With the leader of the free world in one hand and Michelle Obama in the other, McLaurin danced with sheer and utter joy, shaking her hips like a 16-year-old and flashing a smile as bright as the camera flashes going off all around her.

“She’s 106?” the president asked incredulously.

“No, you are not,” scoffed the first lady, before adding: “I want to be like you when I grow up.”

The uplifting moment was also heavy with history, though. After her super-senior shuffle, McLaurin suddenly got serious.

“I thought I would never live to get in the White House,” said McLaurin, who was born in 1909 in South Carolina, worked as a seamstress for most of her life and has been a widow for more than 70 years.

But her amazement went beyond merely making it inside the hallowed building. She was particularly bowled over to be meeting America’s first African American president…

Read the entire article here.

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Who’s the most photographed American man of the 19th Century? HINT: It’s not Lincoln…

Posted in Anthropology, Arts, Book/Video Reviews, History, Media Archive, United States on 2016-03-31 00:35Z by Steven

Who’s the most photographed American man of the 19th Century? HINT: It’s not Lincoln…

The Washington Post
2016-03-15

Jennifer Beeson Gregory

Born into slavery in 1818, Frederick Douglass would become one of the most well-known abolitionists, orators, and writers of his time. He understood and heralded not only the power of the written or spoken word, but also the power of the visual image — especially, his own likeness. He therefore sat for portraits wherever and whenever he could. As a result, Douglass was photographed more than any other American of his era: 160 distinct images (mostly portraits) have survived, more than Abraham Lincoln at 126. Many of these rare, historically significant images are published for the first time in “Picturing Frederick Douglass: An Illustrated Biography of the Nineteenth Century’s Most Photographed American,” by John Stauffer, Zoe Trodd and Celeste-Marie Bernier.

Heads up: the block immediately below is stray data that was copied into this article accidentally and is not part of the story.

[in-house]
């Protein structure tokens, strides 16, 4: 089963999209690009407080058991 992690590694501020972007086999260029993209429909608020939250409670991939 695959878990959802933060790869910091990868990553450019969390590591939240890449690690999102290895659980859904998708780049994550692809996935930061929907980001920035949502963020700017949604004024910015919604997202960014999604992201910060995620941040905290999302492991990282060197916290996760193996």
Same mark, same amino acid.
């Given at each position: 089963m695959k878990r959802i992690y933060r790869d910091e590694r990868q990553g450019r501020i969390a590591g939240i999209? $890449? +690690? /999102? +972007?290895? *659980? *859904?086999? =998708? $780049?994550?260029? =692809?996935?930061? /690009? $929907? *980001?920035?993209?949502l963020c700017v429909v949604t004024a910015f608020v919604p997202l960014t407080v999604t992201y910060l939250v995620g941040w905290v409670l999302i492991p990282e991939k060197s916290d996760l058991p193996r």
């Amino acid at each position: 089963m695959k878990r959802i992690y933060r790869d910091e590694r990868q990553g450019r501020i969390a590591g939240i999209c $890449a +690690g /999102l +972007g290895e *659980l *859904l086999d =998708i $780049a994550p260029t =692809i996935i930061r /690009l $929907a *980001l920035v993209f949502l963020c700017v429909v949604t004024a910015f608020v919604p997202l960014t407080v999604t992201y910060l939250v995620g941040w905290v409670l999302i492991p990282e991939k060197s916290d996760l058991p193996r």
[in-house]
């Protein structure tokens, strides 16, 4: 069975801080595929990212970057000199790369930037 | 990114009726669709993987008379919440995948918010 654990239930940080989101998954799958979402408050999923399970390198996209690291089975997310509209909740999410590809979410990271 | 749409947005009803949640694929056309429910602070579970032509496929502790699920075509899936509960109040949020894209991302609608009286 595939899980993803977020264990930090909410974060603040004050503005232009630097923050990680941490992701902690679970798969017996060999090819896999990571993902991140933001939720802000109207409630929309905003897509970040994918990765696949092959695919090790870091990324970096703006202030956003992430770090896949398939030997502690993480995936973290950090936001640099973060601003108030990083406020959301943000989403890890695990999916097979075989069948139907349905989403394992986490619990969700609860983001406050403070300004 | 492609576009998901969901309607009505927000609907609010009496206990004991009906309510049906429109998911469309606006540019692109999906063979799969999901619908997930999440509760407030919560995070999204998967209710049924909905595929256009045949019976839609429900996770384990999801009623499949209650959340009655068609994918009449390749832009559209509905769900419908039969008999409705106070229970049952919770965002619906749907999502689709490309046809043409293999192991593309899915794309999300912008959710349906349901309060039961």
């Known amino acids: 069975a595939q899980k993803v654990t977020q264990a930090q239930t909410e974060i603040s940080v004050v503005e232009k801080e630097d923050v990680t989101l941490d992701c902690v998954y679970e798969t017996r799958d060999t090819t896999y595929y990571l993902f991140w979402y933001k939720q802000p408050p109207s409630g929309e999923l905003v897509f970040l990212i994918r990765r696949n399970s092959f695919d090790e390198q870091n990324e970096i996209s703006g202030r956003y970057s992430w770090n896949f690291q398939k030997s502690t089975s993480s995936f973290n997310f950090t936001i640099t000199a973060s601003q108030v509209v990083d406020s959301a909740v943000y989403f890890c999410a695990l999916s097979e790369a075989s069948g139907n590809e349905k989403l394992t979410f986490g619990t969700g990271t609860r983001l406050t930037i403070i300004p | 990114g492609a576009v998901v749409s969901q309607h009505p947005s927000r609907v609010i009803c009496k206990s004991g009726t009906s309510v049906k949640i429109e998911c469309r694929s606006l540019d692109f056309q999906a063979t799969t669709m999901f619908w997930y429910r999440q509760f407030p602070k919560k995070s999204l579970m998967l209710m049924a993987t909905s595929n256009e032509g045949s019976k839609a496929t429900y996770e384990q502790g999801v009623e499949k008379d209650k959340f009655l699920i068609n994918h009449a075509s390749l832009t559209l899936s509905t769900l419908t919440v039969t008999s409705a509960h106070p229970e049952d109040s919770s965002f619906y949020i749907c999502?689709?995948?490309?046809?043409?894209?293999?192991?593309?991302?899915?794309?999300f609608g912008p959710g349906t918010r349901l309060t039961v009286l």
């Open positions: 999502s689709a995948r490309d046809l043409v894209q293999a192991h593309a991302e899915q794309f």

This book shows all 160 photos and delves into Douglass’s life and passions, including photography. In his writings, Douglass praises Louis Daguerre, who invented the daguerreotype, which made the developing process easier and cheaper, and in turn made photography available to the masses. By the mid-19th century, there were portrait studios all over the Northern United States. Almost everyone in a free state could afford to have their picture taken — even non-whites. Douglass therefore called photography a “democratic art.”…


Unknown Photographer, Honeymoon with Helen Pitts in Niagara Falls, N.Y., August 1884. Albumen print (Frederick Douglass National Historic Site/National Park Service)

Read the entire article here.

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MSNBC severs ties with Melissa Harris-Perry after host’s critical email

Posted in Articles, Arts, Communications/Media Studies, Media Archive, United States on 2016-02-28 22:37Z by Steven

MSNBC severs ties with Melissa Harris-Perry after host’s critical email

The Washington Post
2016-02-28

Paul Farhi, Media Reporter